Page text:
One of the most underrated (and sadly, undervalued) things in our society is the art of listening. No, not just listening….the art of paying attention. What does this mean?
Truly listening to someone implies
An excellent article on good listening practices can be found here.
One other crucial factor in being an effective listener and communicator is giving people the benefit of the doubt. Read that again, please.
What do I mean?
How many times have you encountered a situation where you know part of the story. What does your brain usually do? It fills in the blanks with assumptions. While this is useful and necessary at times, it really harms our relationships with others at other times. Think about it: Someone we think is a reliable source tells us that one of our friends has said something bad about us. For some of us, we immediately feel hurt.
What just happened? We heard something, second-hand, and made an assumption that this is what actually happened. Ask yourself: can I give my friend the benefit of the doubt until I can tell them what I’ve heard and ask them for their side of the story? Or should I assume that my friend has backstabbed me and be hurt? It’s your choice, but please make this a conscious choice.
As a mental health counselor, and especially as a couples counselor, I have seen so much pain and hurt in relationships caused by people making negative assumptions based on partial information. I’ve done myself, many times. I only hope I’ve gotten better at giving people the benefit of the doubt as I’ve lived and learned from experience.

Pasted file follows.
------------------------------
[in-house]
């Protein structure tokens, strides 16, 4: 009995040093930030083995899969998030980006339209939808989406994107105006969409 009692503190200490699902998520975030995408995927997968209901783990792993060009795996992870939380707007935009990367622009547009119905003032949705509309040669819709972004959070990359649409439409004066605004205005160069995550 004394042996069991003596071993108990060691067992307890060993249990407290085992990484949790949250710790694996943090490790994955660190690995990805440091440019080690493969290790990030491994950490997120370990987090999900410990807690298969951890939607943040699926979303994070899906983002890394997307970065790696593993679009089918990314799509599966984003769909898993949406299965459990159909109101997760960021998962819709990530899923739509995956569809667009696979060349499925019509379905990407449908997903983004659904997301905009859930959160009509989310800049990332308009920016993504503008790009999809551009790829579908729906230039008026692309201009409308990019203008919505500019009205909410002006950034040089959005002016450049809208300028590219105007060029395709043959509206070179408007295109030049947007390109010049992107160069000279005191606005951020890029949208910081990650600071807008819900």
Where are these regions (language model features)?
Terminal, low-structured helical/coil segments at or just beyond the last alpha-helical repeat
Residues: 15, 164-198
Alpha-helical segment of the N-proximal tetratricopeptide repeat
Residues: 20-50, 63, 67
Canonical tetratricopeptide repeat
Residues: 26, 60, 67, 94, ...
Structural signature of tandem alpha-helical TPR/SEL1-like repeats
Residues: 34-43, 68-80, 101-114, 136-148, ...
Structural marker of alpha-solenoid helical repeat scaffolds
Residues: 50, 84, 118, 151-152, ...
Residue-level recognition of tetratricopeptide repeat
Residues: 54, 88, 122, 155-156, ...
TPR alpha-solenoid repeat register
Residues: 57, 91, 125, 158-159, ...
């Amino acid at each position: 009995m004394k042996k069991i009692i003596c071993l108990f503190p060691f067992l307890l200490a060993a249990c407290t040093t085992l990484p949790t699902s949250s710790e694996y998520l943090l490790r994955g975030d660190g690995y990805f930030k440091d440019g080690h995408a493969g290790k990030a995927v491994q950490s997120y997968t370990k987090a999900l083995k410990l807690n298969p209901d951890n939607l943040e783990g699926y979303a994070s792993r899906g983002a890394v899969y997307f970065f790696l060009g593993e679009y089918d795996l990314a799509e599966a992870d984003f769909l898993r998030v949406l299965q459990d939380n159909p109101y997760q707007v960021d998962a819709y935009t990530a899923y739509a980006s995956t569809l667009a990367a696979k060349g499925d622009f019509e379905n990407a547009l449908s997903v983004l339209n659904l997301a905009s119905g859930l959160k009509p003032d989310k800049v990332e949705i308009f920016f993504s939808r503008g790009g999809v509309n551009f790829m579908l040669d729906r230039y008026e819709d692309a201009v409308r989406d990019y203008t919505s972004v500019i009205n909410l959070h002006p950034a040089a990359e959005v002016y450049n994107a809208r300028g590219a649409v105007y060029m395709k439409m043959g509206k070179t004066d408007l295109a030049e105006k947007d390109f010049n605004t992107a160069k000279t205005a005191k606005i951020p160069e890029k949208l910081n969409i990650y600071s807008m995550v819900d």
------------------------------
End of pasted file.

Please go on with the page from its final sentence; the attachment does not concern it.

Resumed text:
Giving others the benefit of the doubt doesn’t mean being blind or naive. It simply means you realize that you don’t know the whole story, and you aren’t going to jump to negative conclusions without having the full story. Try to find out the missing pieces to the situation, then come to a conclusion, whatever that may be. When in doubt, ask for more information. Active Listening is a great tool in this situation. Say to the person “here is what I have heard; tell me your side of the story please”. Or perhaps, “Help me understand what you are saying/doing”. Or, “I’m confused….help me understand where you are coming from…”
Our body language, eye contact, breathing, sighs, and hand gestures will all play a part in communicating our message. Therefore, IF these things are in synch with our words, they will reinforce the message to the speaker that we are concerned about what they have to say. If however, your non-verbal body language does not indicate interest, then you will undermine your intended message. Make sense? Here is a visual to reinforce the point:
Catch my drift? Enough said.
....and quite possible the most neglected aspect!!
It makes sense that effective communication follows from paying attention. Once we’ve paid good attention, we are in a position to
As we wrap up this important topic, it’s important to emphasize the following as fundamentally important to our being effective communicators (in other words, really paying attention!).
One final note: If this is a topic of particular interest to you (and if you’ve gotten this far, I assume it is), I’d strongly recommend the book entitled Be Quiet Be Heard by Susan and Peter Glaser. I had the good fortune of attending one of their workshops 10 years ago and have read the book. It is truly a worthwhile read, and if you apply their tips and approach, your communication skills will benefit greatly!